“What you lookin’ at?”

All ya peepz in2 dis chav stuf checkout chav forumz, mint innit?

Posted by Iain Stewart at 2:21 PM | Comments (23) | TrackBack
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July 14, 2005

Who Stopped?

An hour ago: The 177 bus stopped. A teacher (? white/pony-tail/self-conscious) came out of Addey and Stanhope School, stoppped and bowed his head. The people in the bus queue opposite stopped (talking) and looked at the ground. A van stopped. Some more people coalesced around the teacher and stopped and stared at the ground. I stopped. I stared at the ground. I looked around when no-one else was watching. A blogger at work, checking out his city.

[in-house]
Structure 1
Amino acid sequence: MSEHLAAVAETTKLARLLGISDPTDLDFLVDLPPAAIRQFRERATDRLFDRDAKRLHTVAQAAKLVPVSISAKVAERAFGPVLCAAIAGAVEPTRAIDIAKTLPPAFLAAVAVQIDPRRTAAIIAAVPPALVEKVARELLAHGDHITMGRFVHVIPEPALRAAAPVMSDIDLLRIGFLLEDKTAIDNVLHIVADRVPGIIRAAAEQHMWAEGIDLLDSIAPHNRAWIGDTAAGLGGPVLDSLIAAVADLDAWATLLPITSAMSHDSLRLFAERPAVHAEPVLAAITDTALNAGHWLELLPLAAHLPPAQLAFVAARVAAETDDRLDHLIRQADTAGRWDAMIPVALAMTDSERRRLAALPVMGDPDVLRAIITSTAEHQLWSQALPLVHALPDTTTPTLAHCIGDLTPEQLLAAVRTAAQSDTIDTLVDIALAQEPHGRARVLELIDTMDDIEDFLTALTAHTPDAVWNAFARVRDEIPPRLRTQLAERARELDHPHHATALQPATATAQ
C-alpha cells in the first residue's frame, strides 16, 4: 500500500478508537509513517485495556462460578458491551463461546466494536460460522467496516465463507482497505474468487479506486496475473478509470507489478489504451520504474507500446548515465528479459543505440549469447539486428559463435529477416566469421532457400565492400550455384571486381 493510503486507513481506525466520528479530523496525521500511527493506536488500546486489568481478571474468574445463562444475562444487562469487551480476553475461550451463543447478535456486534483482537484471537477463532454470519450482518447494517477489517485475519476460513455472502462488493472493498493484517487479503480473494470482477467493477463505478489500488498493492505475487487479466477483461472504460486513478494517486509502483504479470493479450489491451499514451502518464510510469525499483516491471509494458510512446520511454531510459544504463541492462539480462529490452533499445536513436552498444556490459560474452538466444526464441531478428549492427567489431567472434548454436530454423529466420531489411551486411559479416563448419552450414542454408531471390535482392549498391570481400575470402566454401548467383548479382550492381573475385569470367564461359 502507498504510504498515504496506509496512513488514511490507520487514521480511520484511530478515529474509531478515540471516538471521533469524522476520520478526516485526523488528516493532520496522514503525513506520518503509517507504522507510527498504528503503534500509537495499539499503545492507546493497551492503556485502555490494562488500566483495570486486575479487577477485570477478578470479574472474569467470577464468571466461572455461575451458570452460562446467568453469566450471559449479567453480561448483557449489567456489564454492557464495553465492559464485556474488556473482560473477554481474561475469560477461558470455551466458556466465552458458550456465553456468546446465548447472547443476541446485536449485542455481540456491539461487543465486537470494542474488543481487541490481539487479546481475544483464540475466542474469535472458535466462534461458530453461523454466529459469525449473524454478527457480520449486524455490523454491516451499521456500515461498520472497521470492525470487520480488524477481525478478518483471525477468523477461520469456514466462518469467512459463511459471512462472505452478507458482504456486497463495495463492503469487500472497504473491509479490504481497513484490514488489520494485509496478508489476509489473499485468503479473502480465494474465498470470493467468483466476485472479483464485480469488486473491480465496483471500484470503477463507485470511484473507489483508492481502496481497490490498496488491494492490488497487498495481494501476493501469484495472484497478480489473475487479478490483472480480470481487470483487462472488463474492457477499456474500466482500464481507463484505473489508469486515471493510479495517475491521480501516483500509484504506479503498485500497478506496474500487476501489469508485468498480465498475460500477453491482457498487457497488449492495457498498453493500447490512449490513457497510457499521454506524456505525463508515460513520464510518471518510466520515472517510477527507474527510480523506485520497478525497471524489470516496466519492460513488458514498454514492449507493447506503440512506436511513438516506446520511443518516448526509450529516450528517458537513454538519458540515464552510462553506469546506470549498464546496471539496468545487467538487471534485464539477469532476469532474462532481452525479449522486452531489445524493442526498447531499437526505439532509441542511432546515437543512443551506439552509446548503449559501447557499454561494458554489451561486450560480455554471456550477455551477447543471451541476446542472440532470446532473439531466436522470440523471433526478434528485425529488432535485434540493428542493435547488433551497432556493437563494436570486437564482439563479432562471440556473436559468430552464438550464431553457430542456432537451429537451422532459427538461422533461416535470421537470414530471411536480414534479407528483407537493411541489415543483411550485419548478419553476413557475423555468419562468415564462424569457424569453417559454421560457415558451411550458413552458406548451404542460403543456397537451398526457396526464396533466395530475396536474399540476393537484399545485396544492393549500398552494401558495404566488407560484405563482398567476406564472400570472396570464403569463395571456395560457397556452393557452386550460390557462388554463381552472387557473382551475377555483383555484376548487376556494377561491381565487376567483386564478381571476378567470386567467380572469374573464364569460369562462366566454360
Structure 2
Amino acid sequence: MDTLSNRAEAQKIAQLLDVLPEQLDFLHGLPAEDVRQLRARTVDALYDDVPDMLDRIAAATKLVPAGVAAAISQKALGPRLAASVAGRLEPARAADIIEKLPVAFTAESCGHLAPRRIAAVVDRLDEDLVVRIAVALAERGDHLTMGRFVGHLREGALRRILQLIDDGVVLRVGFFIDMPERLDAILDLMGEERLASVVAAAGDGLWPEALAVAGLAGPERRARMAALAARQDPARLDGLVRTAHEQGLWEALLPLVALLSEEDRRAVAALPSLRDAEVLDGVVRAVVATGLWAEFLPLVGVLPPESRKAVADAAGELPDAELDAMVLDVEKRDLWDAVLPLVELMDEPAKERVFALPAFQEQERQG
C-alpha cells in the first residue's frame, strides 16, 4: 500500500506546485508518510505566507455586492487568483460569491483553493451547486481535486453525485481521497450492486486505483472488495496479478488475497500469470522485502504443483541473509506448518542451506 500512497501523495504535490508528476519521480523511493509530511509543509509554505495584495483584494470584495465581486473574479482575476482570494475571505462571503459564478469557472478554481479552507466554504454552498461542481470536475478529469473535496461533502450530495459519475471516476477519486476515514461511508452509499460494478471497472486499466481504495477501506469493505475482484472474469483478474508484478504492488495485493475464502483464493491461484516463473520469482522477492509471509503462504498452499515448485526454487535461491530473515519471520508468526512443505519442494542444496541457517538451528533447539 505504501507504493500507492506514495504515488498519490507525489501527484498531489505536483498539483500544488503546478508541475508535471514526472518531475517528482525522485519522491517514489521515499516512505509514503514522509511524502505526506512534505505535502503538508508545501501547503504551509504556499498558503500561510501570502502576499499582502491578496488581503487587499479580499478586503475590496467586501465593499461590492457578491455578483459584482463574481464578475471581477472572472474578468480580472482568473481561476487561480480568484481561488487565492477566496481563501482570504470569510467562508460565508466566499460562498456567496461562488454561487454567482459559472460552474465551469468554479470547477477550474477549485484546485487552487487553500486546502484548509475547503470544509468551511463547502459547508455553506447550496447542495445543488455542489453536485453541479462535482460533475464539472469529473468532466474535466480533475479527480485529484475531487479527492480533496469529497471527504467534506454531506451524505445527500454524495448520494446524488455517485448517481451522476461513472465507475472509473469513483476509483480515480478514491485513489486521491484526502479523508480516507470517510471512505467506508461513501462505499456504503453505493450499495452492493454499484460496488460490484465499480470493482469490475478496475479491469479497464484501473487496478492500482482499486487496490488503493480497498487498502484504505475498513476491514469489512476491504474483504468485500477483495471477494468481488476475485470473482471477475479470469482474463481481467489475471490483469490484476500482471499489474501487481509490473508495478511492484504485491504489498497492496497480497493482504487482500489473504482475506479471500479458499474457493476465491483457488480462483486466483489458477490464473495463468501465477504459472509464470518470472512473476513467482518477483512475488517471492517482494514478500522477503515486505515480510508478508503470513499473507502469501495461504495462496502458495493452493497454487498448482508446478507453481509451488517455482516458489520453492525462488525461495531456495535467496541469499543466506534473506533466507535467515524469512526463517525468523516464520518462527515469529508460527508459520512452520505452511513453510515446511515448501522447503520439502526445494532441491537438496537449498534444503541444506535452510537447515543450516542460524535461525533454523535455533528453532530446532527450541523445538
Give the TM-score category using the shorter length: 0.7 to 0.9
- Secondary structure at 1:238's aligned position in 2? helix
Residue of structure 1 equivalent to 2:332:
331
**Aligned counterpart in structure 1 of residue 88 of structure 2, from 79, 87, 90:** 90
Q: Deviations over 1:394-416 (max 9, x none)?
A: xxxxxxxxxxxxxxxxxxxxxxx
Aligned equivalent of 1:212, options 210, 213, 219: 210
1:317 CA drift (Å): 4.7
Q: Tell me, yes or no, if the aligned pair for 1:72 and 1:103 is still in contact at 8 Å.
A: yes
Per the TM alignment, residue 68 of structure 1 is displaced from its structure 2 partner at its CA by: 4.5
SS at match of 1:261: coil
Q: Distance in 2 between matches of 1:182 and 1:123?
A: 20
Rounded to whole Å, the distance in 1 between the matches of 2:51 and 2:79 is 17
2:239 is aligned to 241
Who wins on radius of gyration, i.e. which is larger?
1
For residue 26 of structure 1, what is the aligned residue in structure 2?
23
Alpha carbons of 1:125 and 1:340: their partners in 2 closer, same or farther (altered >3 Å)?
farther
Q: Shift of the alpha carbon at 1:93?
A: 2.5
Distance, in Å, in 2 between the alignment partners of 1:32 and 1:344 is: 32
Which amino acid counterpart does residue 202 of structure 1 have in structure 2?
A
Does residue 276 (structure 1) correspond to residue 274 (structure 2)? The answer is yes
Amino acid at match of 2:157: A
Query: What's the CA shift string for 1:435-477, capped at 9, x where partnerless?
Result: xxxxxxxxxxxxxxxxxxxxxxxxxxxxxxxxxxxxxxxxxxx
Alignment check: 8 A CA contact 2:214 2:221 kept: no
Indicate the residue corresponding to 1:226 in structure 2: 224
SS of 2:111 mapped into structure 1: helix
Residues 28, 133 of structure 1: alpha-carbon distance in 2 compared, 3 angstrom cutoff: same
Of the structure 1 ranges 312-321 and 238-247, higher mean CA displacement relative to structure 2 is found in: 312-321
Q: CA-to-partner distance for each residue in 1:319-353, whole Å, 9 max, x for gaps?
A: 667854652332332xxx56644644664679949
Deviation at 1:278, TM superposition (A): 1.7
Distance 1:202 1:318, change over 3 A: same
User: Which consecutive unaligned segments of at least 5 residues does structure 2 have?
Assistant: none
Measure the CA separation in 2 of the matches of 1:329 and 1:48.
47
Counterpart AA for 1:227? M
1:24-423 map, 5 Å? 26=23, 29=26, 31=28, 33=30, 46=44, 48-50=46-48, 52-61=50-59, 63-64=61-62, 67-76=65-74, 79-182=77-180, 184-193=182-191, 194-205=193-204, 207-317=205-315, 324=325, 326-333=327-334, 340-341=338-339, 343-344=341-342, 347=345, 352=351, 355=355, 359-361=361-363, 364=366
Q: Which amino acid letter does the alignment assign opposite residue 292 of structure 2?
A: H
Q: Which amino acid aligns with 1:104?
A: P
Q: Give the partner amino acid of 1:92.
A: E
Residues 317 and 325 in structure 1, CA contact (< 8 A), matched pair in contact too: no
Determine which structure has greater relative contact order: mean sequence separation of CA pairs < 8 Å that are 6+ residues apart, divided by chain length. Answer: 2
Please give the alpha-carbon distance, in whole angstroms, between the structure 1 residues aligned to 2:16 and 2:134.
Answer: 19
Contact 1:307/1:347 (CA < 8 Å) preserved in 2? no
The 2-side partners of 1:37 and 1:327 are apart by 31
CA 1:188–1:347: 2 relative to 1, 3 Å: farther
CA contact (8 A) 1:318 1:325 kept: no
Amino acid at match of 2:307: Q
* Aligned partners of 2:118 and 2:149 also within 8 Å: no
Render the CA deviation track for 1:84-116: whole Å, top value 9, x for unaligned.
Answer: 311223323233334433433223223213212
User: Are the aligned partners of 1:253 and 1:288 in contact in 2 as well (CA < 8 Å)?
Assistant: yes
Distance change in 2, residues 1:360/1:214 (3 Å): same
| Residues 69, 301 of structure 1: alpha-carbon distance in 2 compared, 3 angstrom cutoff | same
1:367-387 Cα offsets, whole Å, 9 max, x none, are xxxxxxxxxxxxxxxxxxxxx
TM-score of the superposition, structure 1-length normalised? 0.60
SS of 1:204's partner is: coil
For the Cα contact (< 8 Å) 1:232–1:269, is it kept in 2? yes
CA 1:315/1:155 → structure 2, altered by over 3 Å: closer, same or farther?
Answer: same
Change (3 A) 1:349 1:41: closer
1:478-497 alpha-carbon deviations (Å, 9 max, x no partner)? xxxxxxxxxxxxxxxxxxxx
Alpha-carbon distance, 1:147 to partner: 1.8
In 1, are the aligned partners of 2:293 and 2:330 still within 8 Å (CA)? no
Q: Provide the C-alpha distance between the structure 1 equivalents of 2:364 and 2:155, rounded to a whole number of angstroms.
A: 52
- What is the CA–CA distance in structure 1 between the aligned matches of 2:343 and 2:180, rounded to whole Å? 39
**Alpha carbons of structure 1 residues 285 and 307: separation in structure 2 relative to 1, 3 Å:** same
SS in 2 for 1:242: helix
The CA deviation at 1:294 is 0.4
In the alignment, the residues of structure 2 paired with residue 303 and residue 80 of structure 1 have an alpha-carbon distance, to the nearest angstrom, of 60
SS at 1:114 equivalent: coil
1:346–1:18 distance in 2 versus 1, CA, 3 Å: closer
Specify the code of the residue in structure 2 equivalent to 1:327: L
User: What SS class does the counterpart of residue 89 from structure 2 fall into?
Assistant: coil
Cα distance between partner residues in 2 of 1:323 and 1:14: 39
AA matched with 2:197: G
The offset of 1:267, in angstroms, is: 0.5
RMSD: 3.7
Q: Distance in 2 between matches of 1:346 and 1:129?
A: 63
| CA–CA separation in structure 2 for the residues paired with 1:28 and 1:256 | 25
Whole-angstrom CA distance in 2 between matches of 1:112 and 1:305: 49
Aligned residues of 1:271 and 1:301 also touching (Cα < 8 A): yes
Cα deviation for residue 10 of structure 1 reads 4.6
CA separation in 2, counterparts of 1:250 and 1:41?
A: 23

The Pakistani conmen selling long distance telephone cards outside their ripoff supermarket opposite didn’t stop (rather unwisely I thought). Most of the mostly young Caribbean men and old Carribean ladies walking up and down the street didn’t stop. None of the trucks and cars and vans heading through the noonday heat down the A2 towards Dover stopped, or even hooted, or did anything. Whichever way I looked up and down the hectic, culturally-diverse, road, not many people stopped at all. A lot were walking and talking as ever on their mobiles, a lot more as ever staring at their mobiles desperately as they walked along, a few others - mostly Celts and Anglo-Saxons - simply talking to themselves or their cans of Kestrel and Special Brew, also as usual.